That is absolutely gender discrimination, just in the opposite way we typically see it. No one should be paid based on their obligations, it should be based on their experience and skills.

    3. Important Moi*

      Single people with no children are oft thought of as not having responsibilities and “easier” lives, so therefore it’s OK to …..

      -pay them less
      -give them less schedule flexibility (i.e. leave early , vacation scheduling)
      -move their work schedule
      etc., etc.

      1. Rhymes with Mitochondria*

        Yep. It’s happening to my daughter right now. She’s been there 5 years and gets paid less than men hired last summer. And is expected to cover more evenings/weekends so he can be home with kids. Maddening.

        1. T. Boone Pickens*

          When I read these comments I can’t help but shake my head in sadness. I’ve worked in sales my entire life and every position I’ve had has either had a monthly recap where we went over sales and could calculate everyone else’s commissions or we just openly discussed our salaries because it was an ego thing. While sales is tough, it’s a pretty fair meritocracy that usually doesn’t have much gender bias (at least in my experience). It’s close deals or get whacked. I can’t fathom working at a place that would pay you based on some arbitrary thing like single mom means more money or man supporting family means single person gets the short stick.

  20. bubba g*

    As I am a public school certificated employee, my salary is a public record. It’s nice because there is no secrecy, and our pay is determined by column and step increases, with additional pay for advanced degrees.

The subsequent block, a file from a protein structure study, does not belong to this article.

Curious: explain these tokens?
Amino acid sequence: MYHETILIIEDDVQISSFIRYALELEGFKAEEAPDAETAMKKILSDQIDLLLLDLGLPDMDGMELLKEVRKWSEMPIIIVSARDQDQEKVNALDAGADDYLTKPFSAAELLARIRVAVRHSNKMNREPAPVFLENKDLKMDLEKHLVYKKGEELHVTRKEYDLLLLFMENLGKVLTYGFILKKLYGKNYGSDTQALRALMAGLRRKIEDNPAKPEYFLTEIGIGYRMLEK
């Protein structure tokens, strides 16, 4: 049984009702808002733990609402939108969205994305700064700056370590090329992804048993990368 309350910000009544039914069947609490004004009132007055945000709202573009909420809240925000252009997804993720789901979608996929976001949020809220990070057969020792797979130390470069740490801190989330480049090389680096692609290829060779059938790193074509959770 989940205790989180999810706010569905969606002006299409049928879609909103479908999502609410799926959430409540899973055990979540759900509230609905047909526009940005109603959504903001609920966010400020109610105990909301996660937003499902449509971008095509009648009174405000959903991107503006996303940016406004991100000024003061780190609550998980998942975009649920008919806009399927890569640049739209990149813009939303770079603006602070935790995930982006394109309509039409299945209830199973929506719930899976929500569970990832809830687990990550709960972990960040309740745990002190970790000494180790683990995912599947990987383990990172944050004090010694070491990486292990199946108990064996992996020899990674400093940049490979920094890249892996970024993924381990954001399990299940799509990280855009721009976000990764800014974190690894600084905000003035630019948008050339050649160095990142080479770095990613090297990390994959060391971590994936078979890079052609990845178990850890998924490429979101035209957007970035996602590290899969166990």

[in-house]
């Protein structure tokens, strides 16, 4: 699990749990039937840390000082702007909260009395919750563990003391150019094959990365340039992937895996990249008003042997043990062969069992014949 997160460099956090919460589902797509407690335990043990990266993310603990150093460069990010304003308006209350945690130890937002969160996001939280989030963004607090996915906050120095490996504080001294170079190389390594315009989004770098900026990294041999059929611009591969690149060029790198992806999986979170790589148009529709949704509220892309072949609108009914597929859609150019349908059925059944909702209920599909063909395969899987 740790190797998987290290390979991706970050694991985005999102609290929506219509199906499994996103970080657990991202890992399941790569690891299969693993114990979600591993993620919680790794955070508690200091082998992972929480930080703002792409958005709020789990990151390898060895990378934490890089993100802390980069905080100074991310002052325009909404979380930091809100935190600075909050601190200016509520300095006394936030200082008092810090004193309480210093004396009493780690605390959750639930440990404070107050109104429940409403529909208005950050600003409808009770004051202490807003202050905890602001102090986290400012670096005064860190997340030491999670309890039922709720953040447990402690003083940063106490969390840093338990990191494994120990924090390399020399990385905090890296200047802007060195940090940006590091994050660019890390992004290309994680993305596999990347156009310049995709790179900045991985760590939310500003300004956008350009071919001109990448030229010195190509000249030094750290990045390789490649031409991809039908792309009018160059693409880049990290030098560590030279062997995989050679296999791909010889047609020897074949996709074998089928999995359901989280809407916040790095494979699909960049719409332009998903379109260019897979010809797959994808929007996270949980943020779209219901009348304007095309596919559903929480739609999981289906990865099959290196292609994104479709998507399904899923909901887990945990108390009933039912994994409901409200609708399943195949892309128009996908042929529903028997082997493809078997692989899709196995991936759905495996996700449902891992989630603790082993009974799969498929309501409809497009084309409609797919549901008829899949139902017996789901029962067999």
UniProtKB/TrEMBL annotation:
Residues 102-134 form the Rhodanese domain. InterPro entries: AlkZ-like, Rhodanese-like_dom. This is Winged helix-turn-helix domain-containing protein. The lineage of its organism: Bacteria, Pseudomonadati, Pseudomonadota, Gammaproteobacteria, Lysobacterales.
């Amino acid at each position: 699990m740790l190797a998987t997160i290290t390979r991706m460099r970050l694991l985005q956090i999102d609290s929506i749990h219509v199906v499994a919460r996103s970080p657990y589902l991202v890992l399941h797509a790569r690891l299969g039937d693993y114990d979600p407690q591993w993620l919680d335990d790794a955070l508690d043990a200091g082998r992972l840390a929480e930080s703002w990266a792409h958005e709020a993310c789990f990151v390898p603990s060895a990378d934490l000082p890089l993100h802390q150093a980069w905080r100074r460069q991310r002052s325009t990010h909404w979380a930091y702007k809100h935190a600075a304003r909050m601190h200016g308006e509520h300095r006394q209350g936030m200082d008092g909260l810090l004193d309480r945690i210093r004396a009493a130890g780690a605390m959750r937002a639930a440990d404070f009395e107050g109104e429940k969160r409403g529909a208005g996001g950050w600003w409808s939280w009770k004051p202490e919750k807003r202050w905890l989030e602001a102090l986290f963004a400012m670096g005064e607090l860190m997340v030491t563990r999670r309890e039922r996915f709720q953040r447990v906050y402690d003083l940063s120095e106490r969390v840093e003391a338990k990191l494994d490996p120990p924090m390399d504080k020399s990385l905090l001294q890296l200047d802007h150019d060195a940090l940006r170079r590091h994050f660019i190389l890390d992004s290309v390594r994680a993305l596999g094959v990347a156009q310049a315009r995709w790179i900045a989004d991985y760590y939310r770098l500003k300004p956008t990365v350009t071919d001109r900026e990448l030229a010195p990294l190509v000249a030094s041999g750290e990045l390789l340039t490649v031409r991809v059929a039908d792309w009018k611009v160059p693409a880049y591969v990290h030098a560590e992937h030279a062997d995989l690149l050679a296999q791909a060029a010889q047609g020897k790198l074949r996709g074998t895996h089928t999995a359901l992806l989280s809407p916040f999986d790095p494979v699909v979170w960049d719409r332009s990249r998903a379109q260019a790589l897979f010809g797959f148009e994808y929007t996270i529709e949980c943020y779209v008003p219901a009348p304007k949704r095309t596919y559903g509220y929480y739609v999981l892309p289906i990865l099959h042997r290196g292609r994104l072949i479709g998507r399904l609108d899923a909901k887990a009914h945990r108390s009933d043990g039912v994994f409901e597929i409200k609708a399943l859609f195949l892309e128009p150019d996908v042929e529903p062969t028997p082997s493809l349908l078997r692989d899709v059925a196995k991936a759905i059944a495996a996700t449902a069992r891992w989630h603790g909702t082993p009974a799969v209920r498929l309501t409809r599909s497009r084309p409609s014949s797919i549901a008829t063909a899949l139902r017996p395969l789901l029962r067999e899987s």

I think it would be very difficult to know what my salary would/should be if it weren’t transparent.

    When my students ask me my salary, I tell them what it is ($114, 028 per year, with me paying most of my health insurance – district kicks in a few hundred dollars a month, but my healthcare for one person is $700 per month). I also get 10 sick days per year, which can be banked, 7 of which can be used for personal reasons). I am at the very top of my salary schedule. I have an MA and 34 years experience.

  21. Drax*

    I actually wonder if some of this weirdness is related to you making so much more then him.

    So I too believe in salary disclosure and not being taboo and being able to talk about it, but one time I was out with friends and we were talking about salary and they were all open about what they were making. Two of them had been working about 5-6 years more in their chosen line of work then I have in mine, but my salary was $10-15 000 more then all of the people at that table. Part of it is my chosen career path – you make way more being in operations then lower level admin just based on requirements of the job, but man oh man did I feel uncomfortable talking about it after that. I copped out and ended up saying “oh yeah around there” and not giving any number.

    There’s an added personal level of awkwardness knowing you make so much more then other people. But how else does he know he’s being underpaid without factual discussion. It’s a very awkward conversation but rather beneficial.

    1. The Man, Becky Lynch*

      I totally get where you’re coming from with this. As the person who’s been working within a career path for about ten years longer than most of my friends who only recently were able to find work with the rebounding economy.

      I won’t lie, it’s lead to me picking up the tab a few more times because I know what their income is.

      1. Drax*

        Oh 100% I do that, and never follow up with them when we order something and they’ll ‘pay me back’ and hope they forget about it.

      2. Llellayena*

        Yeah, this. I have a group of friends who make considerably less than me (disability, retail and service industries) and I was telling one of them about FreeFile tax services.
        Him: Would I qualify for that?
        Me: I know you would because I do.
        Him: Wait, how do you know I make less than you?
        Me: I make $X
        Him: Oh. Ok, so FreeFile…
        And yes, I do pick up a tab for them sometimes, but not everyone at once. I’ll cover one person if they’re shy that day. They’re never upset that I make more than them, I just adjust my spending to their level when I’m out with them.

        1. The Man, Becky Lynch*